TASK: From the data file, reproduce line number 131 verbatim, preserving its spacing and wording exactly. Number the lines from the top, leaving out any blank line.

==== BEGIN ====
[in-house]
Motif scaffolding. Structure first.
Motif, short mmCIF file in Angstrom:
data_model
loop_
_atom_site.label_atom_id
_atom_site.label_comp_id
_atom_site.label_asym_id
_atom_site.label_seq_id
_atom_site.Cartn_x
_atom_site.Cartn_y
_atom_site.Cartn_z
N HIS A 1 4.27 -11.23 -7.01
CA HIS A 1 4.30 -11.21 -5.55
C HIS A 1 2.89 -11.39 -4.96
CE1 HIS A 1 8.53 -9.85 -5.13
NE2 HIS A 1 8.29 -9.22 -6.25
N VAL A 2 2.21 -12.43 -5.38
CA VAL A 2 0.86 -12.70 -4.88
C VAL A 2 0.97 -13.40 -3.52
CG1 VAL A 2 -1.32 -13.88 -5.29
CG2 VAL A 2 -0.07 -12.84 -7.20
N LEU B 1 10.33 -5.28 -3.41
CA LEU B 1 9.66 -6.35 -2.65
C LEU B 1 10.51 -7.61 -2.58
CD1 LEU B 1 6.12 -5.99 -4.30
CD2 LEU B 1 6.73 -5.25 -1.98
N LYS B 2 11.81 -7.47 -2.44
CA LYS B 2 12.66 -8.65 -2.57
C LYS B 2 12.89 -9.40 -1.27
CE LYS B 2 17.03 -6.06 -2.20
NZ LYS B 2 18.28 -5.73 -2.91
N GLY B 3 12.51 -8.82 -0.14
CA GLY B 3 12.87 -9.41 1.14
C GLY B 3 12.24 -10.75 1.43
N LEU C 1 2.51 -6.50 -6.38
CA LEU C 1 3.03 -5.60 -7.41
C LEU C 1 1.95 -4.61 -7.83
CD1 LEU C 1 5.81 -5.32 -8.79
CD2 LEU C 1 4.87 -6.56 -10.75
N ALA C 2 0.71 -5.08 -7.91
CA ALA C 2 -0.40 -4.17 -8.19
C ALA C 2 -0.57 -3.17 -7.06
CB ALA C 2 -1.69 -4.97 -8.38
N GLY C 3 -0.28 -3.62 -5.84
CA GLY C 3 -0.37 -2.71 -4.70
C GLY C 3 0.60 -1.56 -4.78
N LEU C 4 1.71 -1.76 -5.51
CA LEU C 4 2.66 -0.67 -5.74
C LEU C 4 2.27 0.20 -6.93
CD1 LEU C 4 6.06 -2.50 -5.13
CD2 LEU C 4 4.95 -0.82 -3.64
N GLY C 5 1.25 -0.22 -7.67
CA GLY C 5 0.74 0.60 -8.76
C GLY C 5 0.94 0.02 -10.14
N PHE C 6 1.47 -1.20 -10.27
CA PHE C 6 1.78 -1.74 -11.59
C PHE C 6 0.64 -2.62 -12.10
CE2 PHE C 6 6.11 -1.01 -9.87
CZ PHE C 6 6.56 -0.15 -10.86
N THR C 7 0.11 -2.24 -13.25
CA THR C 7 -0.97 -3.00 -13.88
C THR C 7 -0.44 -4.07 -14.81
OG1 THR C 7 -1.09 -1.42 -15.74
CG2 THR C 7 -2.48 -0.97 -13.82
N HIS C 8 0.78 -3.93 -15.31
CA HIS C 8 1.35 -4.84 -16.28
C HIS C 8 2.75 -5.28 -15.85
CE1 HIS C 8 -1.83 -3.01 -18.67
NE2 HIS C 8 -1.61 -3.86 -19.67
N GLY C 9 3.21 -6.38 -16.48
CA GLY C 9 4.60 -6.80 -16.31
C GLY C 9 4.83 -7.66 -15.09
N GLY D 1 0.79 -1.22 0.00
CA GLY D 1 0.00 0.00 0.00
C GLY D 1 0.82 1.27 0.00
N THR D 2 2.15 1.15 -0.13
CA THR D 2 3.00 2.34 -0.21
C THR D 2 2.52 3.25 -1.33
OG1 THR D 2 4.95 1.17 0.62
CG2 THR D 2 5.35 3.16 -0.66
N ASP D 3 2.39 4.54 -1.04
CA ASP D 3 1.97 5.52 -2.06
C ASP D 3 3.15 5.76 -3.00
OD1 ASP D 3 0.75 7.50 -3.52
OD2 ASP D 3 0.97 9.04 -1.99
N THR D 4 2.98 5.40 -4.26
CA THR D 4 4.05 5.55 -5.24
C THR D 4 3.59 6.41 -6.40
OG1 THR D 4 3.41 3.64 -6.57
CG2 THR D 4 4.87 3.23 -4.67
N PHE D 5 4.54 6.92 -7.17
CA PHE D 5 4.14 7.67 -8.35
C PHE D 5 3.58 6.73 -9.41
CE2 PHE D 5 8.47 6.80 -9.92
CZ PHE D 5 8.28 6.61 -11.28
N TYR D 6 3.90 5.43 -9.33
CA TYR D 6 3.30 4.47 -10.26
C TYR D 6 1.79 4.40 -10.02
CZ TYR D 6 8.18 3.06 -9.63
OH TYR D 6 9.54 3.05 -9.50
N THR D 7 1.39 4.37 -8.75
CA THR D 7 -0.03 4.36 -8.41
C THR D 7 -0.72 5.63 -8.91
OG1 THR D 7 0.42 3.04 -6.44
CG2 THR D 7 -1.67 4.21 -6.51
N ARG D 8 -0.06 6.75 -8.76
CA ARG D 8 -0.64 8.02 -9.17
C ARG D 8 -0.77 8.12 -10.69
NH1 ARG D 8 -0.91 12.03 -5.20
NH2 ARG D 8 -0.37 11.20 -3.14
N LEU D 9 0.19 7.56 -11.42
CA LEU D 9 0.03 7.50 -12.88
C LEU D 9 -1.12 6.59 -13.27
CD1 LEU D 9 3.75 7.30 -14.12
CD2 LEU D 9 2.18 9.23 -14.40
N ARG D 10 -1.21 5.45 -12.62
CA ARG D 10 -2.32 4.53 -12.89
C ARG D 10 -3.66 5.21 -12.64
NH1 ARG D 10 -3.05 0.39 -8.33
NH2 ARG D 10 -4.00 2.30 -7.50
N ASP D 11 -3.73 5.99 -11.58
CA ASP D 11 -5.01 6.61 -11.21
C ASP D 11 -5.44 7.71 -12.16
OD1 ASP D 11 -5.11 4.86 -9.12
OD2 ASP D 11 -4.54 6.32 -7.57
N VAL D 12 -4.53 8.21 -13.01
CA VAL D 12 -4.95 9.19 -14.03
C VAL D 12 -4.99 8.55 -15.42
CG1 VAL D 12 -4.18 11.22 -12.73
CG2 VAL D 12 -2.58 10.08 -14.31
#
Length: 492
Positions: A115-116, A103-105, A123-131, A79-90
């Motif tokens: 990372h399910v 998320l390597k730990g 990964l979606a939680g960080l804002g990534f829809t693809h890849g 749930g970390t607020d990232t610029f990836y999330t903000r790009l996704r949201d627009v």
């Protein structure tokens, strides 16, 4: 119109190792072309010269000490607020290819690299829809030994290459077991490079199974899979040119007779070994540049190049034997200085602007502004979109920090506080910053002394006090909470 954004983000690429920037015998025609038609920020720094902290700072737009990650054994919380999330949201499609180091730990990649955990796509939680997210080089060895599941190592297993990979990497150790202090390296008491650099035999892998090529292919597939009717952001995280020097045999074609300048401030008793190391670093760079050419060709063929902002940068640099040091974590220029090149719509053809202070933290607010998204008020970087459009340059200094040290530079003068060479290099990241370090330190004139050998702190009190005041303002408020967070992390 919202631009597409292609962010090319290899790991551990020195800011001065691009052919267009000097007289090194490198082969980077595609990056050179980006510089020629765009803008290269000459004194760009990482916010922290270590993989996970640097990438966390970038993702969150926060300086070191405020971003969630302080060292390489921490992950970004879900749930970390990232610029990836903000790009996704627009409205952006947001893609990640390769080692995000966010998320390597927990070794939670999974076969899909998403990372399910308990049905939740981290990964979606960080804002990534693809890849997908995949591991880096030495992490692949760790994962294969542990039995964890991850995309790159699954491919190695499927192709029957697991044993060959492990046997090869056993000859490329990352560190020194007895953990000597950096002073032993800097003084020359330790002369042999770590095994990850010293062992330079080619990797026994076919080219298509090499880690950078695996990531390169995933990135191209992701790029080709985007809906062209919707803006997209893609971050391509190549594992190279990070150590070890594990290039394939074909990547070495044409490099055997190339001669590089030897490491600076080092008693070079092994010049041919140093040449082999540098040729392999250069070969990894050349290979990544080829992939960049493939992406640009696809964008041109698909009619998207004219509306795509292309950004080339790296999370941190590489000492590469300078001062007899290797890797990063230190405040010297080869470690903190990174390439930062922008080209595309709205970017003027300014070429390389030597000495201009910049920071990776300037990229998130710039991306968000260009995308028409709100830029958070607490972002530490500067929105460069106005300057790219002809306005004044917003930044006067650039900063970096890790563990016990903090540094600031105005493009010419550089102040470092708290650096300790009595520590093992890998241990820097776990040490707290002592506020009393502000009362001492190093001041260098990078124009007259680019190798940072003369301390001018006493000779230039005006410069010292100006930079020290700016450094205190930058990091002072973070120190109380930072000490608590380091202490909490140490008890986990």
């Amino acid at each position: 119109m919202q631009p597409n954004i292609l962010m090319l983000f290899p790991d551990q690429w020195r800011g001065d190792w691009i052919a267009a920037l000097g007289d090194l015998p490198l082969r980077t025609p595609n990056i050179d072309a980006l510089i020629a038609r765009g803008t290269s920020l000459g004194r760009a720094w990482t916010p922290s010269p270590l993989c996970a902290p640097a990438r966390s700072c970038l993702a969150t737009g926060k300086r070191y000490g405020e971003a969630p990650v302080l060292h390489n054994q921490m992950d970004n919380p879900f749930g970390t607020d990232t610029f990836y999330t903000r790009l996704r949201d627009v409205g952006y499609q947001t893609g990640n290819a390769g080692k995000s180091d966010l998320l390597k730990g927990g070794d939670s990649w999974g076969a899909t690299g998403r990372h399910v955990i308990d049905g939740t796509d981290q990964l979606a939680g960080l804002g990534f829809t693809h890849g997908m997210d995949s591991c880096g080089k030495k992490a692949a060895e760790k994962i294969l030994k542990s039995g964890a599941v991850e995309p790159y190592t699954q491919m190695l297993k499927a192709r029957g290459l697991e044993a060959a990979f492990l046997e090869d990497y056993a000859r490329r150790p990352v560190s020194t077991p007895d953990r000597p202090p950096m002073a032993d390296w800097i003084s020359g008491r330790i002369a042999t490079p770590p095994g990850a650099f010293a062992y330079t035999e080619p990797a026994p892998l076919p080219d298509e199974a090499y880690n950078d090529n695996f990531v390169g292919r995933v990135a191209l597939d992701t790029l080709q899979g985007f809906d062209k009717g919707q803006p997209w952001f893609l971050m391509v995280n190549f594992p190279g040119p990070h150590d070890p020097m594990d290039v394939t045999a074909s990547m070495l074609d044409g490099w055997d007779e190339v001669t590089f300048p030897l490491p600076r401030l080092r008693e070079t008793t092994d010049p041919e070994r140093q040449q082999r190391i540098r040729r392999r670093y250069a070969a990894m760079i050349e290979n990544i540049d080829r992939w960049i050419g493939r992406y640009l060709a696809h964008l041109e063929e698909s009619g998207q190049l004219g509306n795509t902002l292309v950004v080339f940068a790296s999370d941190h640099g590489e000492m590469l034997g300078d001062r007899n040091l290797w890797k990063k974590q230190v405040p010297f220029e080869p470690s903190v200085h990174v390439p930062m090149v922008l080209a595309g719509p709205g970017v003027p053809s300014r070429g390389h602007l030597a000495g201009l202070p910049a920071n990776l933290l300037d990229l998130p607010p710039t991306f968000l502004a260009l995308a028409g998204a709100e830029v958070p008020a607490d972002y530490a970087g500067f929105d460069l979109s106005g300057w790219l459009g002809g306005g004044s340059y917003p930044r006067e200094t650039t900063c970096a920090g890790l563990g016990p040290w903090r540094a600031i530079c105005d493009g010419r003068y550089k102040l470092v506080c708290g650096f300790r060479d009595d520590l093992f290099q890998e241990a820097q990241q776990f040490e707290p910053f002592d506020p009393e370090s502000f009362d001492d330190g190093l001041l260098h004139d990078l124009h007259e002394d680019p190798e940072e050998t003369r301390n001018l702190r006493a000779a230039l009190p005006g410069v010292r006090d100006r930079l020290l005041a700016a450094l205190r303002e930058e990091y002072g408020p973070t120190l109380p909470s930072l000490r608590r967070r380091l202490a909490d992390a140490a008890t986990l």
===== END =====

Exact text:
CG2 VAL D 12 -2.58 10.08 -14.31